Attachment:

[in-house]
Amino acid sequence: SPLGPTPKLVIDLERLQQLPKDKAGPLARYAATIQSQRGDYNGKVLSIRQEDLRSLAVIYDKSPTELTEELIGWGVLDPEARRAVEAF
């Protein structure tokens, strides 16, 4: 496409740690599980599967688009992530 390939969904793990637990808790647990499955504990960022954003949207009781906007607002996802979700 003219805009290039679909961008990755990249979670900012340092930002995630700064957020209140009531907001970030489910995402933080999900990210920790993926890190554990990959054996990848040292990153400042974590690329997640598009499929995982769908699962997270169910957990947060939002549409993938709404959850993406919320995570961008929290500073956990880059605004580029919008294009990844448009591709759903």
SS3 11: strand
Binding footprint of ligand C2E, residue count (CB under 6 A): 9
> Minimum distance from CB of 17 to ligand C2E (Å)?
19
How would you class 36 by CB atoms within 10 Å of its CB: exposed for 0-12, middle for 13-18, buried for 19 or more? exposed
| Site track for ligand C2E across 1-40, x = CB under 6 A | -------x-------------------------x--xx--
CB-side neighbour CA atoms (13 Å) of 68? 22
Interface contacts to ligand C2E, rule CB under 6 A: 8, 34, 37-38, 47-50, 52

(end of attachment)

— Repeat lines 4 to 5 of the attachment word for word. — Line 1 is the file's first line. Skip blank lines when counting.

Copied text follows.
SS3 11: strand
Binding footprint of ligand C2E, residue count (CB under 6 A): 9